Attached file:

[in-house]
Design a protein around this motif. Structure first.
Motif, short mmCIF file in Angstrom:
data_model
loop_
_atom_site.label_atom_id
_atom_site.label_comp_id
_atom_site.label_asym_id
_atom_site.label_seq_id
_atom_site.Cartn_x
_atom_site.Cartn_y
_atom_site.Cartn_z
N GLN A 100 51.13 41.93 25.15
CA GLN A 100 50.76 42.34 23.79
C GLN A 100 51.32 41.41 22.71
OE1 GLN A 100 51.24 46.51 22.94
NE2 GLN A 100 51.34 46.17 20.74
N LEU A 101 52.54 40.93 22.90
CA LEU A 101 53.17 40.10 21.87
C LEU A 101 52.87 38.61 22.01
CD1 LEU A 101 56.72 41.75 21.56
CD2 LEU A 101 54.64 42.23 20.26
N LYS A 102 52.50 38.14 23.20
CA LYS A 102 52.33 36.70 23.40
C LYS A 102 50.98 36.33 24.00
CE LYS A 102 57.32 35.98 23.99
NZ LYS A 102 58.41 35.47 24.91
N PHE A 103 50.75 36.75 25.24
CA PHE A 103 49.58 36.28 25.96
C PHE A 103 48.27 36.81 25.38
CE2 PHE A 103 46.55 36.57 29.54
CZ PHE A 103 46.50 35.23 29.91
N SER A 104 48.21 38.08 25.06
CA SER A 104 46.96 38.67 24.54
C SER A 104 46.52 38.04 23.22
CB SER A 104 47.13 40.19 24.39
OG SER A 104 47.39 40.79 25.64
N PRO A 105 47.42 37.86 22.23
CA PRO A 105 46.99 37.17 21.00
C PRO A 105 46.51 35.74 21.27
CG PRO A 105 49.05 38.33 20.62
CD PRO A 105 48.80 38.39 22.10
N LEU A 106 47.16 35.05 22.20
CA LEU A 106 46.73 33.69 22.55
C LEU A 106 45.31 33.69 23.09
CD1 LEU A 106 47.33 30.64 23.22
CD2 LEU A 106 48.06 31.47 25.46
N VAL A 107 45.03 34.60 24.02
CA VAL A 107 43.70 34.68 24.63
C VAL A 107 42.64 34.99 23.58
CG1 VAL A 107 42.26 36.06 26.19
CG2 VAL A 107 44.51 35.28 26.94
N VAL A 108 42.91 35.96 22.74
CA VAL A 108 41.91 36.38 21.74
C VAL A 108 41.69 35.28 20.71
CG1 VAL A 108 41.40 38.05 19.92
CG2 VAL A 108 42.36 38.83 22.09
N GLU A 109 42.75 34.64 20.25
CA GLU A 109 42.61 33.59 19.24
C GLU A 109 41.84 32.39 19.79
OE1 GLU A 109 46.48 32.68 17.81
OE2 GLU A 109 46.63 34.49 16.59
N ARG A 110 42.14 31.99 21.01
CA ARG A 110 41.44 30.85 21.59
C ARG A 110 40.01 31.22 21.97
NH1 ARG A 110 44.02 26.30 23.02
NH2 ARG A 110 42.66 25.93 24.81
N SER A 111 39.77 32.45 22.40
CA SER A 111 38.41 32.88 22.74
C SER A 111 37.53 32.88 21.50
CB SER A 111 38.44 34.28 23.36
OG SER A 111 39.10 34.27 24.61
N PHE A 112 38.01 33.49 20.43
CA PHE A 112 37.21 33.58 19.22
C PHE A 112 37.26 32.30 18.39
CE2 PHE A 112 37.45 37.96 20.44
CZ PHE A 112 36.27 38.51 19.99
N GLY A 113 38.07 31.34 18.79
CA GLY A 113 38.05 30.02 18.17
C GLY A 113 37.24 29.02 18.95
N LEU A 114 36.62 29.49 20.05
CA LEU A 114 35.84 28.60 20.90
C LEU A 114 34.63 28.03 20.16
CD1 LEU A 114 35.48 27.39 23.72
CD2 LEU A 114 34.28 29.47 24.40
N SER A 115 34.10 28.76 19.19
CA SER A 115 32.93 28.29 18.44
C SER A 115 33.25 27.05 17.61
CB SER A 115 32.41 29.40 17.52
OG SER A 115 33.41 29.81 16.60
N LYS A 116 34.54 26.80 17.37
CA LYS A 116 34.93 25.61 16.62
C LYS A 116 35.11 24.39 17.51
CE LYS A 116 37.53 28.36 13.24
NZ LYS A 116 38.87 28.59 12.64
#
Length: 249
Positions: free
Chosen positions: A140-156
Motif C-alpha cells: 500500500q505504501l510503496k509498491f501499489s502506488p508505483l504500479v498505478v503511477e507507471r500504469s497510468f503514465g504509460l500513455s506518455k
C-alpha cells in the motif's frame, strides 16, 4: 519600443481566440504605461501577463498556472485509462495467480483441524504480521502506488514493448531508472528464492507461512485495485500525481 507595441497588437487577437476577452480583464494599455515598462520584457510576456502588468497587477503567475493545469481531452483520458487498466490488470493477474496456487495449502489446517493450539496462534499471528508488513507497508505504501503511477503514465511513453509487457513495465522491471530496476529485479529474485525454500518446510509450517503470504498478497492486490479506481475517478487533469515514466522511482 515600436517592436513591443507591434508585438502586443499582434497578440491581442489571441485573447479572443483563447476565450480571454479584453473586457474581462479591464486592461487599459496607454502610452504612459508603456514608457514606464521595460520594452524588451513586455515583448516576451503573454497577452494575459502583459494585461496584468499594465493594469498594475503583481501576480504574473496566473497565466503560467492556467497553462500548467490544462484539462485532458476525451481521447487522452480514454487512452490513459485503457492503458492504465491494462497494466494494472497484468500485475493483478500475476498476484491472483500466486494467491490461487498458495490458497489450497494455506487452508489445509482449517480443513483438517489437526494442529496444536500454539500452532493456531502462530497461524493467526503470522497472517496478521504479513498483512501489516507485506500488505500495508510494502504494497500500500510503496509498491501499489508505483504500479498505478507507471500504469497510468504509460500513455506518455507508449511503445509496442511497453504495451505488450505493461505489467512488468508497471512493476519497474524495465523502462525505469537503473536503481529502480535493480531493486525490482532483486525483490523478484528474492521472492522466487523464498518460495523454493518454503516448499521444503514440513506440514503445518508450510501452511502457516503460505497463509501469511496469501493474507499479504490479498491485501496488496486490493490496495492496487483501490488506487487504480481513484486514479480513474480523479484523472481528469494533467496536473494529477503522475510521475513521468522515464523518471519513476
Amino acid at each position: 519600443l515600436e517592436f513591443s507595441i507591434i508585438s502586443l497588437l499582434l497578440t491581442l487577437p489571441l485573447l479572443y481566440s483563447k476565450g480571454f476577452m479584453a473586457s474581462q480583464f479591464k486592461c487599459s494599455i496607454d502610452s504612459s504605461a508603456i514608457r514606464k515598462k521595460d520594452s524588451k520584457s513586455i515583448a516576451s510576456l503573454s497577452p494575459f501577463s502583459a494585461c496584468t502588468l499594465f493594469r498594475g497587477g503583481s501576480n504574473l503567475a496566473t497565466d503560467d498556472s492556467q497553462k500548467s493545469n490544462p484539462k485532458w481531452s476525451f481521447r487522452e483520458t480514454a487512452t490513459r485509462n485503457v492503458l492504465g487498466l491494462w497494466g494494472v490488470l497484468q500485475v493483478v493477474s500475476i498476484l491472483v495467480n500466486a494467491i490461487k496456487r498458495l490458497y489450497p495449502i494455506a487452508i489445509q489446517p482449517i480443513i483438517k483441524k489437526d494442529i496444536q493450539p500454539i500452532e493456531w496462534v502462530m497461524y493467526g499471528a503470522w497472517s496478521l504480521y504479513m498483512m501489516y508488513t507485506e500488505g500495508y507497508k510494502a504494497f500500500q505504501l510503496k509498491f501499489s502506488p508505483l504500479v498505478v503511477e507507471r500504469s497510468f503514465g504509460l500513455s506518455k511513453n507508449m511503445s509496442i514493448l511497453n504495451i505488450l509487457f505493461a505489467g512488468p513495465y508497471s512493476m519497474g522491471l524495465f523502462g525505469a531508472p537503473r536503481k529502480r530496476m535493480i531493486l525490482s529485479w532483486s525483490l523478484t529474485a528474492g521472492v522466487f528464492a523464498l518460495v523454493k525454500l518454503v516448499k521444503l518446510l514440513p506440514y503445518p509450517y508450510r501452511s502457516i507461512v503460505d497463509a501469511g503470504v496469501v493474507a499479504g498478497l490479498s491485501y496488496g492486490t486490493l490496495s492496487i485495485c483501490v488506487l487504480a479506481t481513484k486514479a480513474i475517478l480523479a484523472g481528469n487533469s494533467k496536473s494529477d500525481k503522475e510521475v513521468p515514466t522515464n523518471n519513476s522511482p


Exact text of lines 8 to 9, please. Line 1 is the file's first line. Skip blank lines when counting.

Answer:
_atom_site.label_asym_id
_atom_site.label_seq_id